Chances are, you have seen the low-confidence death spiral up close at some point in your life. You go to a meeting and someone gets up to give a presentation. He clearly doesn’t have command of the material, so he talks softly into his collar using a shaky voice. Someone asks him to speak up and he loses his composure. While people may feel bad for the speaker, compassion won’t change the fact that any chance he had to convey his point is lost.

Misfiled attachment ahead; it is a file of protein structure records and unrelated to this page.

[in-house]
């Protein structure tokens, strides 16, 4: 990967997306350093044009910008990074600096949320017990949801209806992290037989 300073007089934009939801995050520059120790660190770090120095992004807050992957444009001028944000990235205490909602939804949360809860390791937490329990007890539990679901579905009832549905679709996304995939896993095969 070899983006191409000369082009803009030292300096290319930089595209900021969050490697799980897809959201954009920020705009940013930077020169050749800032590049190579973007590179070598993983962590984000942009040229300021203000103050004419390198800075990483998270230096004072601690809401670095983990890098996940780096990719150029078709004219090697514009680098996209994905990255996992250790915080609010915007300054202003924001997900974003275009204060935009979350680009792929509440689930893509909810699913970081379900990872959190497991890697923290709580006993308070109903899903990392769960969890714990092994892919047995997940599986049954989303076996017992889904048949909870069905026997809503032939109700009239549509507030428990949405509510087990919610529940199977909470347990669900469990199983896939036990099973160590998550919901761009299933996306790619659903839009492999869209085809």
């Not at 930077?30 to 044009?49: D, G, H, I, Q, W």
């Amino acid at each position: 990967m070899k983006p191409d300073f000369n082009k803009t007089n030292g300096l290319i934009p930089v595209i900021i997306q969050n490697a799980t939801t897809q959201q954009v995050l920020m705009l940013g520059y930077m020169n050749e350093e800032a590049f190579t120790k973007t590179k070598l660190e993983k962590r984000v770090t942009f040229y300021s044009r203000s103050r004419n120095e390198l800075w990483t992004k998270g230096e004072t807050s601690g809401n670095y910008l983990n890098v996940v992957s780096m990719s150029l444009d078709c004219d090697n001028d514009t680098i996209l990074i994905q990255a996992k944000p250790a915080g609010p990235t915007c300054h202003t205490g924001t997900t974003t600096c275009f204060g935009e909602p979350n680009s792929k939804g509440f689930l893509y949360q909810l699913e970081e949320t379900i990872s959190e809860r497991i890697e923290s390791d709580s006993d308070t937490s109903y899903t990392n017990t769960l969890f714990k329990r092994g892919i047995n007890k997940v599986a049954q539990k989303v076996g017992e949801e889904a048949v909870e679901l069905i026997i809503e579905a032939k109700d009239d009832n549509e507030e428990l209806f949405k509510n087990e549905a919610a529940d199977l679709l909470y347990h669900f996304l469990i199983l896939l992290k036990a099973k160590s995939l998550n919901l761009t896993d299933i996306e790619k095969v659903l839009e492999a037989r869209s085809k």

The reason that your own level of confidence matters is that people often need help making judgments about quality. The psychologist Dan Ariely performed an interesting experiment. He had people contemplate the value of him reading his own poetry. For some people, he first asked them how much they would be willing to pay to hear him read his poetry. Others were asked how much they would need to be paid to hear him read his poetry. Later, people felt that Ariely’s poetry was more desirable if they were asked how much they would be willing to pay than if they were asked how much they would need to be paid. (In many ways, this is like the story of Tom Sawyer charging people to paint his fence.)
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